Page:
The Buzz

What's the difference?: American robin vs. European robin

A side-by-side comparison of a European robin and an American robin both perched on tree branches.
A European robin (left) and an American robin. (Photos via Shutterstock)

With a range that covers almost all of North America, the robin is perhaps the most familiar bird in the United States. We gladly welcome them back to our lawns each spring, ready once again to feast on earthworms as a sign of better weather ahead.

Our robin that we are so familiar with bears the same name as a bird native to Europe, and our American robin got its name because it reminded early European settlers of that similar-looking bird back home, the National Audubon Society reports. 

The physical similarities between American robins and European robins start with their orange breasts, which the males and females of both species sport. Their brightly colored breasts are what make them so easy to identify, and this was the feature that reminded European settlers of the robins back home and resulted in both species being known as robins.

The American robin's orange color extends nearly the full length of its breast, while European robins have a shorter orange breast patch with white below. An American robin also sports a more deep orange color, while European robins have a more brightly colored shade of orange on their breasts. European robins also have orange faces, while American robins have dark-colored faces that match their wings and backs.

Both have dark-colored backs and wings — grayish-black for American robins and brown for European robins — but American robins are the larger of the two birds. European robins are about 5 1/2 inches long, while American robins are between 8 inches and 11 inches long. American robins are also much heavier, weighing up to 3 ounces, while European robins weigh less than 1 ounce, according to the Cornell Lab of Ornithology.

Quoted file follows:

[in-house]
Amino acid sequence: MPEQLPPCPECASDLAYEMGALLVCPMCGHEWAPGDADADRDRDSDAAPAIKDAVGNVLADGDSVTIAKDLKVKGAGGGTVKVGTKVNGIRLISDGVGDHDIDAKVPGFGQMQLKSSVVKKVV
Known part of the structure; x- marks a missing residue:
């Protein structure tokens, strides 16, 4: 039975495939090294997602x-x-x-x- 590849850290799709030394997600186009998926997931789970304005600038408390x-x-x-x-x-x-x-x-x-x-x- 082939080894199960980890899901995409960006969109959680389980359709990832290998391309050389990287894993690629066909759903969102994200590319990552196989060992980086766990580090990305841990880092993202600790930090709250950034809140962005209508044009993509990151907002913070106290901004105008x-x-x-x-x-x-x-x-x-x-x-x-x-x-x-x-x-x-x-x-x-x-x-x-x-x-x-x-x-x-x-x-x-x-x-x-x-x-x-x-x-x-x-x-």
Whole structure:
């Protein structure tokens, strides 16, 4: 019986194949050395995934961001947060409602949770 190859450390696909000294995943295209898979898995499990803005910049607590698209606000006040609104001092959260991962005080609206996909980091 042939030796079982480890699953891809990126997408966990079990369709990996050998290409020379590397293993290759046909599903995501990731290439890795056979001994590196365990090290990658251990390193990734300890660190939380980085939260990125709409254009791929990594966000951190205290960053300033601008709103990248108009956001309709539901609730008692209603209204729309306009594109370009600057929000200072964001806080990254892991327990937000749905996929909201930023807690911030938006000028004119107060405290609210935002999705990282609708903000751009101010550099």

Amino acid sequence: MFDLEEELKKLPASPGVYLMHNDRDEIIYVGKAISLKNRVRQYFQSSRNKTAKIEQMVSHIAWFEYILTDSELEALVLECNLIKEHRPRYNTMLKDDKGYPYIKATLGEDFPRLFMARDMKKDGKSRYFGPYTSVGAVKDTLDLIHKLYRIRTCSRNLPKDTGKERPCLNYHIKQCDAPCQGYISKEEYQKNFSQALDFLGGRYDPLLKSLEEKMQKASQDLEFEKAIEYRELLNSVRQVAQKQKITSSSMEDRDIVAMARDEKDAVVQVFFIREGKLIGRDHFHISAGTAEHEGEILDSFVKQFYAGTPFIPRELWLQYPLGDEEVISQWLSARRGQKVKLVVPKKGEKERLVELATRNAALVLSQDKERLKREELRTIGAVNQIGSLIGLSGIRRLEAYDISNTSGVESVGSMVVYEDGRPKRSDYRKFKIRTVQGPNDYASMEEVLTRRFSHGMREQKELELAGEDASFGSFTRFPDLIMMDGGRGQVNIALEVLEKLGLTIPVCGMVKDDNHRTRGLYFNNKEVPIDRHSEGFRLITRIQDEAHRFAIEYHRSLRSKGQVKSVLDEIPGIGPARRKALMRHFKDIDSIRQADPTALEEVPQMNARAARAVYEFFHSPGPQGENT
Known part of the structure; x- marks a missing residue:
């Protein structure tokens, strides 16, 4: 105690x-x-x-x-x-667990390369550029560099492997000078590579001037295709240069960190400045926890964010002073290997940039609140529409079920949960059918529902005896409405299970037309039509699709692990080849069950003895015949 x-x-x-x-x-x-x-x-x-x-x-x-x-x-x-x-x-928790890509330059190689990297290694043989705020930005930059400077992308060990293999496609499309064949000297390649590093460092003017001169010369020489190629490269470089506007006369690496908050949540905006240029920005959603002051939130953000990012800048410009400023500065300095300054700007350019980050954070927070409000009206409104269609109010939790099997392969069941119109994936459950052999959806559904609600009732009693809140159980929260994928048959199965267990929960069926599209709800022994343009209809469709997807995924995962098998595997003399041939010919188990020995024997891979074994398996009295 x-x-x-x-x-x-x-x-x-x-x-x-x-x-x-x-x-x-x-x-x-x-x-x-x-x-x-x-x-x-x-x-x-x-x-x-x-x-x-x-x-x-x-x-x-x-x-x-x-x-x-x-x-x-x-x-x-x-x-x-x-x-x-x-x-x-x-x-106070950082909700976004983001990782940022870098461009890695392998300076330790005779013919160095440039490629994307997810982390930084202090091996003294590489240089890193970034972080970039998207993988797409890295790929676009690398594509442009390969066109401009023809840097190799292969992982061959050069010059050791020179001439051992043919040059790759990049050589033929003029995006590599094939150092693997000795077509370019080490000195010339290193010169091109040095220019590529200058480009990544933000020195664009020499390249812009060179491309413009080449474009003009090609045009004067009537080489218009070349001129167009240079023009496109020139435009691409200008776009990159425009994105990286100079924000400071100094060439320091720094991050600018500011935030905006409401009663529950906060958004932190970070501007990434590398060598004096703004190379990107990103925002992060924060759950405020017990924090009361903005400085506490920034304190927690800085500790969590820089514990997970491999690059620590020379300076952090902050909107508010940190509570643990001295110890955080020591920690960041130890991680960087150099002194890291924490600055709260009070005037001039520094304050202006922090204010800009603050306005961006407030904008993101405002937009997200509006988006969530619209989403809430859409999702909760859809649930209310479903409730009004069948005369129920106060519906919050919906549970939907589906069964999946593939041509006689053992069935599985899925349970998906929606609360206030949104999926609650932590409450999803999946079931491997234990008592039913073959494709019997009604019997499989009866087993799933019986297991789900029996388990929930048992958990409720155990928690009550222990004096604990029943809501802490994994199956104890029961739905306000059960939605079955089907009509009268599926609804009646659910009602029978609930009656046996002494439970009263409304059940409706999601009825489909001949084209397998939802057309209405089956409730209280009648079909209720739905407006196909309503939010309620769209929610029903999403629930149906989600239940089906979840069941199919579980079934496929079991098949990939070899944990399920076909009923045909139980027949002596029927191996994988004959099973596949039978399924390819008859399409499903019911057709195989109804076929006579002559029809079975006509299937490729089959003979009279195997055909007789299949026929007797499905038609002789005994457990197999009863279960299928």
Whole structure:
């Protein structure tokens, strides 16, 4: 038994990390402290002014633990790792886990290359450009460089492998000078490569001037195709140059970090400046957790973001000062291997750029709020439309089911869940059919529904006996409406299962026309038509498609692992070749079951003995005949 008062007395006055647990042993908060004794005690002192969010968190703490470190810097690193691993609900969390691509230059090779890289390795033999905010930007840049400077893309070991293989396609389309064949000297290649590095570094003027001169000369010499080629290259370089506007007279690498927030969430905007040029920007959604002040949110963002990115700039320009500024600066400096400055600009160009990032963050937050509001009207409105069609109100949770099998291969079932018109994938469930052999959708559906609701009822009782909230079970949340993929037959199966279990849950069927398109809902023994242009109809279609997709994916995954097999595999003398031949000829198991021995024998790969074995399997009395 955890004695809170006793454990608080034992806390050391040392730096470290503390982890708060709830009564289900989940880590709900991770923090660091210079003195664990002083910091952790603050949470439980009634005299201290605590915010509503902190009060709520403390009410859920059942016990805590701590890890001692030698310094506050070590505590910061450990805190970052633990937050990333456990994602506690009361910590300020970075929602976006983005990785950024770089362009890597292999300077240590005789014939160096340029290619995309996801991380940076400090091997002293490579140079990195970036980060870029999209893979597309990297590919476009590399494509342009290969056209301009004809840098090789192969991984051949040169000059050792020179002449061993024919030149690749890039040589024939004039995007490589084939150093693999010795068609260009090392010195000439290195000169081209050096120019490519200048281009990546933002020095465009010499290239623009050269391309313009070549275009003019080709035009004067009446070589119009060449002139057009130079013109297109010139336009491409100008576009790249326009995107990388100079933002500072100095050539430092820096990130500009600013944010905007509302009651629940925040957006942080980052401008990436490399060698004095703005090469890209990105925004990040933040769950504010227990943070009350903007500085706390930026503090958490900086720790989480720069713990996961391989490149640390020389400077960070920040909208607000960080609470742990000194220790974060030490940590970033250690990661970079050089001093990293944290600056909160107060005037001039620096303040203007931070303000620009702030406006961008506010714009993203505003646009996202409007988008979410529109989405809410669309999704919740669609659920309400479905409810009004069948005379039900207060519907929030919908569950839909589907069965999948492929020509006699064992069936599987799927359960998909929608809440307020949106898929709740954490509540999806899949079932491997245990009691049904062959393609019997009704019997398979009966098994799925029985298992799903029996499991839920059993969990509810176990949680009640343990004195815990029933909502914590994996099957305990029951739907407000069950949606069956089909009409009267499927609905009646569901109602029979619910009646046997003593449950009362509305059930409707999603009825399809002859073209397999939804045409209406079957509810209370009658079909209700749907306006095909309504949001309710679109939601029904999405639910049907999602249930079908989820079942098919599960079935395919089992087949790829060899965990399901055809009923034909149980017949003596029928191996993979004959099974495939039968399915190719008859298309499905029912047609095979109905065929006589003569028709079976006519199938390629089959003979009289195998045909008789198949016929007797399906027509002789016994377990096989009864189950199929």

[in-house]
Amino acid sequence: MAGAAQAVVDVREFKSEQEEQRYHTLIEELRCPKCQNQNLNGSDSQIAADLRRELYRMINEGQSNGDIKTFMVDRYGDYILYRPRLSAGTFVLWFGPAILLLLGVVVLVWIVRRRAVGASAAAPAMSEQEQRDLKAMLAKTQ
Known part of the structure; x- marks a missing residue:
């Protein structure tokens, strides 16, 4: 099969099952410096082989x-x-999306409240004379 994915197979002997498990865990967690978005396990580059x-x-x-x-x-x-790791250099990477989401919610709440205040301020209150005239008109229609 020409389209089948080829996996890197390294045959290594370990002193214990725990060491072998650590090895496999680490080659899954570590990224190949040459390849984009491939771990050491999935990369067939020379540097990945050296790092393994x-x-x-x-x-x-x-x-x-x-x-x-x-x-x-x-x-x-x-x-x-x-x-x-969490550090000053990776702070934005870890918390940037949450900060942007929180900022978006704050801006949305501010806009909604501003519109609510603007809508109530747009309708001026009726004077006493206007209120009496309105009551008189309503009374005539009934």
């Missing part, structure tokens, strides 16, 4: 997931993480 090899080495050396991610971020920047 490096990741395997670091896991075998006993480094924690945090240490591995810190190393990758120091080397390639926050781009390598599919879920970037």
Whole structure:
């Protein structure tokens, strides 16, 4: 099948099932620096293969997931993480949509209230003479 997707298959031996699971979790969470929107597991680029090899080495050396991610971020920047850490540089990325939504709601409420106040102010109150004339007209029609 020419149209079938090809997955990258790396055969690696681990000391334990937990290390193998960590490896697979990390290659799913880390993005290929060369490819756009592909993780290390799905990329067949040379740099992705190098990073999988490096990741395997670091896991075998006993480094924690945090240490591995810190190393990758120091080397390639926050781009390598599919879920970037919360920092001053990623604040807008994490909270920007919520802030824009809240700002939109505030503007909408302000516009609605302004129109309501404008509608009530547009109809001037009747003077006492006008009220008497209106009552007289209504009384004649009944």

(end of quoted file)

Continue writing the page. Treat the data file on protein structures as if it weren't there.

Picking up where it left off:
These two birds do share a few others things in common aside from their appearances. One such thing is their diet. American and European robins are insect eaters, but not exclusively so. In addition to insects, American robins are, of course, known to enjoy their fair share of earthworms, and they also eat a wide variety of fruits, the Cornell Lab reports. Similarly, European robins also have a more varied diet, eating fruits, seeds, worms and other invertebrates along with insects, according to the Natural History Museum in London.

They also share a preference for similar habitats. Both prefer wooded areas, but they are both also common visitors to grassy open areas where they can scavenge for food, according to the Cornell Lab. Just like our robins are a familiar sight in our yards and parks, so, too, are European robins a familiar sight in yards and parks where they live.

Both species of robins are common across their ranges, and while bird populations overall have been declining for the past several decades, both American and European robins have actually increased their populations. For the American robin, their range includes almost the entire continent of North America except for far northern Canada and Alaska and far southern Mexico, the Cornell Lab reports. The range for the European robin includes all of Europe, northern Africa and western Asia, according to Birds & Blooms.

The two robins are also similar in that they have migratory and non-migratory populations among their normal ranges. In more temperate parts of their ranges, most robins may not migrate. In areas that experience more harsh winter weather, robins may migrate to more temperate areas or change their behavior so they are not as often seen during the coldest periods.

Although their appearance, coloring and even behavior may be similar, American robins and European robins are not closely related in the bird world. American robins are thrushes, a group of songbirds with stocky builds and large eyes, while European robins are old world flycatchers, a group of songbirds that specialize and are adapted for catching insects in flight. Other common thrushes include gray catbirds and Eastern bluebirds. Old world flycatchers are birds native to Africa, Asia, Europe and Australia, so there are none that we are familiar with here in the United States.

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